Over 166 species of birds call the forest home, and 15 are considered either rare or endangered.
The Department Of Natural Resources of Puerto Rico estimates that there are close to 1,200 species of marine organisms in the biosphere reserve, including fish, algae, coral reefs, and crustaceans.
You can hike or mountain bike the trails, but stay hydrated and wear sunscreen.
Inside the forest, you will find the remains of Fuerte Capron, a Spanish Fortress that the US Army later used.
The view from the fort is worth hiking to get there.
Below is a video of hiking in the Guanica forest:
Follow the signs to El Guayacan Centenario (centuries-old Guayacan tree). This tree has struggled to survive in the dry environment, and its roots are all over the place.
The Ballena trail will take you close to Punta Ballena Beach and Tamarindo Beach.
You can swim, kayak, snorkel, or sunbathe on these remote beaches.
You will find restaurants near the beaches serving freshly caught seafood.
La Cueva (The Cave) Trail will take you to caves where they mined limestone.
The cave system sustained damage during the 2020 earthquake; now, it is harder to get into the caves, and some parts collapsed.
Please, exercise caution if you enter the caves.
In the early 1900s, Guanica’s economy mainly depended on sugar cane. They had a sugar mill that employed most of the town’s population.
Now only the ruins of the sugar mill remain.
But for history enthusiasts, the sugar mill ruins are a place to visit.
Finca El Girasol is a sunflower farm where you can visit and buy sunflowers and other small plants. Remember to call before you go to make sure they’re open.
If you like to scuba dive, you can book a trip to Playa Santa so you can Scuba dive at La Pared (The Wall), a hundred feet dive filled with marine diversity.
I have visited Puente Colgante de Fuig (Fuig suspension bridge) many times, but I have never crossed it.
The people I’ve taken there say it is fun and scary at the same time.
One of my favorite things to do in Guanica is drive.
Driving on Route 333 with the car windows down and the music up while enjoying the scenery is something you must experience.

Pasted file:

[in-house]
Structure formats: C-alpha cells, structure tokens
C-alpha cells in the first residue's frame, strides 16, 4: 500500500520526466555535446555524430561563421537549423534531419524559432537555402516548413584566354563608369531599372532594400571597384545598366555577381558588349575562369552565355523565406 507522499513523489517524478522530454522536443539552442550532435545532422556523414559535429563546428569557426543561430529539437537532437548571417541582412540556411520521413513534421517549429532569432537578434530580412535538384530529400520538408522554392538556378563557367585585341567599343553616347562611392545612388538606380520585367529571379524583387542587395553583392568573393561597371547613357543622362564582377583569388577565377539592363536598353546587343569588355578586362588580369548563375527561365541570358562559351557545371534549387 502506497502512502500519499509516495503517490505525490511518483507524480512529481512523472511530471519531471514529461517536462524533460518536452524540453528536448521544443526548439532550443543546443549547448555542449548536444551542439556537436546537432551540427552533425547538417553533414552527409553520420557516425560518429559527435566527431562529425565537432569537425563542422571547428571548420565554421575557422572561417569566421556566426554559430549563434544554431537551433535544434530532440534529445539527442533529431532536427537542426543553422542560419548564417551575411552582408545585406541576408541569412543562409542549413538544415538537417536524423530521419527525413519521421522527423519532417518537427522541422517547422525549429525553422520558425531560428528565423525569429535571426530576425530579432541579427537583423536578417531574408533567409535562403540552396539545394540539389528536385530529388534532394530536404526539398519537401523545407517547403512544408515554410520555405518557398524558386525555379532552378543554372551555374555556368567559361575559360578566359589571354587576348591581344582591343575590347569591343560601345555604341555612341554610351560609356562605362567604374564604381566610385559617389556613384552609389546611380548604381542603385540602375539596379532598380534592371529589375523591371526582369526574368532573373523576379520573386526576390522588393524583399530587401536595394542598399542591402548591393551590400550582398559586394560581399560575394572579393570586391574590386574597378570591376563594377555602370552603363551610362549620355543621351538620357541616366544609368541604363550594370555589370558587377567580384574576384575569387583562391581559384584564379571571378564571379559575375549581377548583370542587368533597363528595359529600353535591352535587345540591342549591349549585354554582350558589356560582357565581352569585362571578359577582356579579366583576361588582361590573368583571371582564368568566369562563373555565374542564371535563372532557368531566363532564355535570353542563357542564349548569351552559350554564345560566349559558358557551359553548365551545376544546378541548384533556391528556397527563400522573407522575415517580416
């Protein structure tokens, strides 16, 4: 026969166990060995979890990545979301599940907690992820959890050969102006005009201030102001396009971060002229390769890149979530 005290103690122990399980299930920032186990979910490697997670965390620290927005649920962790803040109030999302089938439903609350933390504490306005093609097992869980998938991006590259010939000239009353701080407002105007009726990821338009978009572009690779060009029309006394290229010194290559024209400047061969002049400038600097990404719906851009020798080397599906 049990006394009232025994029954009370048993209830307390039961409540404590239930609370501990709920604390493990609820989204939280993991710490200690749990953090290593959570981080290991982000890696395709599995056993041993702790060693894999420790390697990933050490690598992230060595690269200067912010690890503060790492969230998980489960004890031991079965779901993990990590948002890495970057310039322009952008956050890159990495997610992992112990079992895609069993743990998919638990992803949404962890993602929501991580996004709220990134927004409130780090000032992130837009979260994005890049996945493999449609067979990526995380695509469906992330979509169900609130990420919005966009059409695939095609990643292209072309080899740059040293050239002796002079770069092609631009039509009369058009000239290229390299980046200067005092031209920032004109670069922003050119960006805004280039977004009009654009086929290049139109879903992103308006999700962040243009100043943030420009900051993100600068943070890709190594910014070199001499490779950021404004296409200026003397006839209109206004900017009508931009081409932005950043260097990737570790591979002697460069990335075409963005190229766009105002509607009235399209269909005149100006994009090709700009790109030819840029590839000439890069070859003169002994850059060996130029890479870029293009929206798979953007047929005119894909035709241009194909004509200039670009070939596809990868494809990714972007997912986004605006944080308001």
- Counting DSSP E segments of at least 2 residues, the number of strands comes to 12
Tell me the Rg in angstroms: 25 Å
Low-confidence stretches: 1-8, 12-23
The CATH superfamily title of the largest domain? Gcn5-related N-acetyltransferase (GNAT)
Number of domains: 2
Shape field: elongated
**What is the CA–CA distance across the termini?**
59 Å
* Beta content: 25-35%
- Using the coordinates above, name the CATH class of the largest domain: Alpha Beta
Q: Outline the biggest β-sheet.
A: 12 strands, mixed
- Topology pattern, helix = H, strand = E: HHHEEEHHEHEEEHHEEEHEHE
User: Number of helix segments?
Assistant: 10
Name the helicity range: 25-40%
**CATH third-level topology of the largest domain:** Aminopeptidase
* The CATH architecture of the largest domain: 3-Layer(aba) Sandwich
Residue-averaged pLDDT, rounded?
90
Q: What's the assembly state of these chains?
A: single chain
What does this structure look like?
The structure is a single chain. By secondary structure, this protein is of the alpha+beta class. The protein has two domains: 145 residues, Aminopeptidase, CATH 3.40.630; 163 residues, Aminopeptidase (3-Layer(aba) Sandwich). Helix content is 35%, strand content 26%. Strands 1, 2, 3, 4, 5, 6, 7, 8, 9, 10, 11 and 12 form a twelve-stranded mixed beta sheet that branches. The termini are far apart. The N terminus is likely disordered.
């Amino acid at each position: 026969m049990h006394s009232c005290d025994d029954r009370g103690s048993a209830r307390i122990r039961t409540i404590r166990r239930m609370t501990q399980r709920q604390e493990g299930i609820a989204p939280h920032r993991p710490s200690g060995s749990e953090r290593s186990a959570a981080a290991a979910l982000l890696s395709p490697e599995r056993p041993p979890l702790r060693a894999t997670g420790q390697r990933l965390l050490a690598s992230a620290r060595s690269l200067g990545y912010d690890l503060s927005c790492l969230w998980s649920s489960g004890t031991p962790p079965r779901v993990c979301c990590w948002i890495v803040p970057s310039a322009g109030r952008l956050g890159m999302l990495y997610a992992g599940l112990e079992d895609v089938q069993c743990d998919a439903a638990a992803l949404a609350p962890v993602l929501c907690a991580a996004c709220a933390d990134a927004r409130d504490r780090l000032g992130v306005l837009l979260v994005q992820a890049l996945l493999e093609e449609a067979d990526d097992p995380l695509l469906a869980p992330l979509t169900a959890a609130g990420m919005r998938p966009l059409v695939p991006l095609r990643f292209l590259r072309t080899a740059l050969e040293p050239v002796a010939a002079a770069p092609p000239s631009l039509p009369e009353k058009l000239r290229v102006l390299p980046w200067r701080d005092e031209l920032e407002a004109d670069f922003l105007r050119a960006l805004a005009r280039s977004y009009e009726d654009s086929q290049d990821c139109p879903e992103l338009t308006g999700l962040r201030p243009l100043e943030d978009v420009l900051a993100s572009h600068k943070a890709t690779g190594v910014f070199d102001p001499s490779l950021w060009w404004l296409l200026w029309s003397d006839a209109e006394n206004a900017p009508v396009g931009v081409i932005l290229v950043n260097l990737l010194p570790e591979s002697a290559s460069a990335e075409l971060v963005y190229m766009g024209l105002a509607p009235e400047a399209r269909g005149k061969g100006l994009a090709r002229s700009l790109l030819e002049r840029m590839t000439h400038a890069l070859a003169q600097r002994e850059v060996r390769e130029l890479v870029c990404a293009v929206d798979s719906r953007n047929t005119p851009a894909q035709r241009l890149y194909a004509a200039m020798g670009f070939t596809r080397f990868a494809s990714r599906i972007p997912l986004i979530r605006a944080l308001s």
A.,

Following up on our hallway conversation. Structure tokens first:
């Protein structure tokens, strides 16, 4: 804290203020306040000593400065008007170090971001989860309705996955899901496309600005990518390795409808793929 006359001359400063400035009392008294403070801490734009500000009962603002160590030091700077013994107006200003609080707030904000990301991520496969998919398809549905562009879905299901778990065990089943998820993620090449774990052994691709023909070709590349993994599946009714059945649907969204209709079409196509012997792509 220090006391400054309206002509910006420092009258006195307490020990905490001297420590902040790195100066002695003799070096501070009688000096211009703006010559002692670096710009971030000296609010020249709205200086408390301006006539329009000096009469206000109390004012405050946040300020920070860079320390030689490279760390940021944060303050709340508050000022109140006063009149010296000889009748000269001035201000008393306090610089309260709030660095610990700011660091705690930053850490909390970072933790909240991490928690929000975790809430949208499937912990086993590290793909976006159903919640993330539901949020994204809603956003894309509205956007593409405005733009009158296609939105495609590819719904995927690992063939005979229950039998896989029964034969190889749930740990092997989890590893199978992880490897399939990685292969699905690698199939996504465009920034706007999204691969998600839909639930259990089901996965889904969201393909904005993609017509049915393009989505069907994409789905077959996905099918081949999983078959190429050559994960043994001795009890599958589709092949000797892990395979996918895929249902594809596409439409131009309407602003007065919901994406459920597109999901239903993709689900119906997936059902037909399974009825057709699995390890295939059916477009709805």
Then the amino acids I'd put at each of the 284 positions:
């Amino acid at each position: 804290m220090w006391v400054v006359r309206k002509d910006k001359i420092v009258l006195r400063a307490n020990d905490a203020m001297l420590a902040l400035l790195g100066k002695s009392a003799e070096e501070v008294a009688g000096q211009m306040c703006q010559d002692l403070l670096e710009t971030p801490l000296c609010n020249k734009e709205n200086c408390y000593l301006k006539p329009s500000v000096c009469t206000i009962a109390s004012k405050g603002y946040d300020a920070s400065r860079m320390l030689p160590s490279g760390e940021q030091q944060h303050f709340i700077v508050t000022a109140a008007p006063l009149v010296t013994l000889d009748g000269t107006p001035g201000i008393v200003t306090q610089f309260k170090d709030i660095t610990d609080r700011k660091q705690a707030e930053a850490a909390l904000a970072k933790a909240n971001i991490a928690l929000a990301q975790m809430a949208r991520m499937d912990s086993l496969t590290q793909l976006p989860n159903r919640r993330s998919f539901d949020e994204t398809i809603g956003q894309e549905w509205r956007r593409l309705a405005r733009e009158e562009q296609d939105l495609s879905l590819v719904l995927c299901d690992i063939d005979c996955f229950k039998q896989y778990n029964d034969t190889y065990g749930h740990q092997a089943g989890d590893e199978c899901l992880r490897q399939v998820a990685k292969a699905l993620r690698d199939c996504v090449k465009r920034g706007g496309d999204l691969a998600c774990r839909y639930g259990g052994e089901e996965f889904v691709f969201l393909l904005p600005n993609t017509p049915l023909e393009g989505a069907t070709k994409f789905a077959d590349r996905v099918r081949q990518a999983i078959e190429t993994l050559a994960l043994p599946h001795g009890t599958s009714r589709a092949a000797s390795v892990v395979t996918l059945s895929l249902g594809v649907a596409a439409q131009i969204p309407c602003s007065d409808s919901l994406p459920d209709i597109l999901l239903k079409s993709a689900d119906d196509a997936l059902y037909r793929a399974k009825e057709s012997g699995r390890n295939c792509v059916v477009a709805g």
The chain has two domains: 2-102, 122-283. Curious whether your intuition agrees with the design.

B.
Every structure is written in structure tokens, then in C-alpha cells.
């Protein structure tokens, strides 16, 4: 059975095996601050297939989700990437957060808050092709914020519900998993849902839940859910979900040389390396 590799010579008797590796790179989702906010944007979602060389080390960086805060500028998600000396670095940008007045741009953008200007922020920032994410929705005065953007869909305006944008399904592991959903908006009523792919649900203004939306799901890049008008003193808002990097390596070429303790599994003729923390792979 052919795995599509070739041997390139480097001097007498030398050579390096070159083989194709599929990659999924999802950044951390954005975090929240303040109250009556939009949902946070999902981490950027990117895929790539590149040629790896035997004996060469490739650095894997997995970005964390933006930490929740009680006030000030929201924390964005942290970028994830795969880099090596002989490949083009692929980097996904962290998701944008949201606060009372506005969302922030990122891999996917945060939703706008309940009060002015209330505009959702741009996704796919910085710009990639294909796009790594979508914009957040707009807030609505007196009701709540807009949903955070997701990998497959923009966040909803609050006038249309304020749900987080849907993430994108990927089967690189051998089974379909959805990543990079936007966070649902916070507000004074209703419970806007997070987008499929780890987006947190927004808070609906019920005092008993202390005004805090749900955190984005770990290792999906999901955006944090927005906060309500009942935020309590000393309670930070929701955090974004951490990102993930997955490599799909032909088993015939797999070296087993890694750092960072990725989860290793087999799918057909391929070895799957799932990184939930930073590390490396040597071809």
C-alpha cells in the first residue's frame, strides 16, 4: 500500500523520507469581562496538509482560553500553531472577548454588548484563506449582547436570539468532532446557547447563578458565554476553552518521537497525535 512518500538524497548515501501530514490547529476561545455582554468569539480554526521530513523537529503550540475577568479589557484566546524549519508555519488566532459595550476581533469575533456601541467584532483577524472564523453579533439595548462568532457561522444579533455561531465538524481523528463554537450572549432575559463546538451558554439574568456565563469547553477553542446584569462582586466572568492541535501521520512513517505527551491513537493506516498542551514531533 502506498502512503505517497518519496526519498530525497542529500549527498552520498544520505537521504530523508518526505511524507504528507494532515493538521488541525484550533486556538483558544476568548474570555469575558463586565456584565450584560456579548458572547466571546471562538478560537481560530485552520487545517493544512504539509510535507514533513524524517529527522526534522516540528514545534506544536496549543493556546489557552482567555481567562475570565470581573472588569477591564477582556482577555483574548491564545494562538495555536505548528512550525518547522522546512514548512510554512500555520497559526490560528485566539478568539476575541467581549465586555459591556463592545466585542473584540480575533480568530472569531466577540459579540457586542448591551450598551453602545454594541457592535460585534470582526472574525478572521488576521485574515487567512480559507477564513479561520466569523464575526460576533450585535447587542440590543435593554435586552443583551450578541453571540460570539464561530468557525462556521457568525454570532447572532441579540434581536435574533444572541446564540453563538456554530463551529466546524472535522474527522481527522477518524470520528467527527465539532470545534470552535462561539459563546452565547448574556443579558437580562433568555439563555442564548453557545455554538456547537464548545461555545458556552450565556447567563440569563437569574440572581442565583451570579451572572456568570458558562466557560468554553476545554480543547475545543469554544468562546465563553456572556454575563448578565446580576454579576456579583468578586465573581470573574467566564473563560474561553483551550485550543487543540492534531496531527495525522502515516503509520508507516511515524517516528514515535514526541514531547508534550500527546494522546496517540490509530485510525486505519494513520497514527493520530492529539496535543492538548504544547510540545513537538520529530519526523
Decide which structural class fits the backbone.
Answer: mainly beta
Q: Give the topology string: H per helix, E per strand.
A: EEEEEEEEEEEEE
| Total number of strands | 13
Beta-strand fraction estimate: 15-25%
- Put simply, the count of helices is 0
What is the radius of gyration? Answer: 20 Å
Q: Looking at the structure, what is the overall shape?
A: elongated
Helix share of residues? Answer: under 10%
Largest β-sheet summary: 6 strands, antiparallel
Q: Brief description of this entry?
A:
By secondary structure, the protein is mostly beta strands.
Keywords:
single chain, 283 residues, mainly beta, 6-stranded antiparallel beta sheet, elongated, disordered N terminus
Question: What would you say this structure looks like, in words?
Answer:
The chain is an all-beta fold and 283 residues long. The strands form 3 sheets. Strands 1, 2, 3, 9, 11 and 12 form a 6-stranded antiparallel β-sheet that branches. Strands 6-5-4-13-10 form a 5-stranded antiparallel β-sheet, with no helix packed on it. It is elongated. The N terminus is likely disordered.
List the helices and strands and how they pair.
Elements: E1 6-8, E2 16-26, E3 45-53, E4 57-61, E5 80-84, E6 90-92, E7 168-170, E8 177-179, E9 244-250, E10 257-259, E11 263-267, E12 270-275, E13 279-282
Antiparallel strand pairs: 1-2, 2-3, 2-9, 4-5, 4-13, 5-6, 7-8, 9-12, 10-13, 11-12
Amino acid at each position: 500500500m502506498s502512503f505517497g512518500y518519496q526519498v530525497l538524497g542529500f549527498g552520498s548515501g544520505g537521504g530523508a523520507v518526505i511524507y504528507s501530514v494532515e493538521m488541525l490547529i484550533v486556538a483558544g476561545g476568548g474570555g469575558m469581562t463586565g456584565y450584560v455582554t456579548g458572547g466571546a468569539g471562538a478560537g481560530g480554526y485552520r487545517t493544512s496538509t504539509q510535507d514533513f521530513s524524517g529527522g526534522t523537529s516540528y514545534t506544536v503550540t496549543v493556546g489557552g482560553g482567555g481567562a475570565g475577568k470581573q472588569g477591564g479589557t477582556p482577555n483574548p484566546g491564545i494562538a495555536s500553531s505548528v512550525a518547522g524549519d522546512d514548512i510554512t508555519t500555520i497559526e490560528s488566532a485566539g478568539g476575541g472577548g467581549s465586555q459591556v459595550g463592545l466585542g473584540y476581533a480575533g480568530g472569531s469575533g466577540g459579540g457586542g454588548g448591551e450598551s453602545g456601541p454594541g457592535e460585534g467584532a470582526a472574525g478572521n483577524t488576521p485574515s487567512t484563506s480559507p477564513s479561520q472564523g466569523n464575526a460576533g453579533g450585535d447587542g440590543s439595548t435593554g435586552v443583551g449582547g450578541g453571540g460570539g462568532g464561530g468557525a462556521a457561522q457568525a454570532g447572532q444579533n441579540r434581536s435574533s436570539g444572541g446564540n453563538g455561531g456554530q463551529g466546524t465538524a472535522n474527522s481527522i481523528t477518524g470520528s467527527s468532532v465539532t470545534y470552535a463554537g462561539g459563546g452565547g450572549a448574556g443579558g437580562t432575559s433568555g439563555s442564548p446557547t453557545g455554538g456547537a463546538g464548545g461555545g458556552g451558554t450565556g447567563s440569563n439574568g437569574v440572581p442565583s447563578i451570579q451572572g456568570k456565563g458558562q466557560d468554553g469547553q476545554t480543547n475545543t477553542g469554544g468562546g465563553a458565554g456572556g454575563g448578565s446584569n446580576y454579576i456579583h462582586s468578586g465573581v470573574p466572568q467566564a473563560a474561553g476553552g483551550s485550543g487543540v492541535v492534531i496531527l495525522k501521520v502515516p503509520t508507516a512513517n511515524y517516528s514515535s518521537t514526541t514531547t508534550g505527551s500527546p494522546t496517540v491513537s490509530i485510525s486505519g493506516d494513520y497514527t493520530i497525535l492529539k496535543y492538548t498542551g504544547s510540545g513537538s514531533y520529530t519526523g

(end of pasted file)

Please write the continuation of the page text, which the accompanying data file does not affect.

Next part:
Even though it is not in Guanica, you can go to La Parguera Bioluminescent Bay.
A short 20 minutes drive will get you there.
Yes, Guanica is safe for tourists.
Guanica is a small town; according to data from the US Census, less than 15,000 people live in Guanica.
Other than petty theft, there is nothing to worry about.
Keep your belongings secured, lock your car, and you will be fine.
While you are visiting the southwest of the Island, you can check out the famous Cabo Rojo Lighthouse, just a short drive from Guanica.
Yes, Guanica is an excellent town, full of history, nature, and outstanding cuisine. This small, low-paced town will be one of your favorites in Puerto Rico.
Guanica is almost 100 miles from San Juan. A two-hour drive crossing the Island from north to south will get you to Guanica.
If you like nature, history, beaches and seafood, then Guánica is a town you should visit.
Guánica is a getaway from the fast-paced San Juan area, and you will enjoy your time there.
For more information about places to visit in Puerto Rico, please check our article 45 Places To Visit In Puerto Rico.
You may also enjoy our article Where To Stay In Puerto Rico – 13 Best Places & Areas.
Writer at PuertoRico.com. I was born in Aguadilla, Puerto Rico. I’m passionate about Puerto Rican history and culture. I live on the west coast of Puerto Rico, and host an Airbnb for tourists. I also coordinate tours and concierge services for tourists. I authored “Eat Like A Local, Puerto Rico”, and have contributed to blogs and magazines with articles about discovering and enjoying what Puerto Rico has to offer.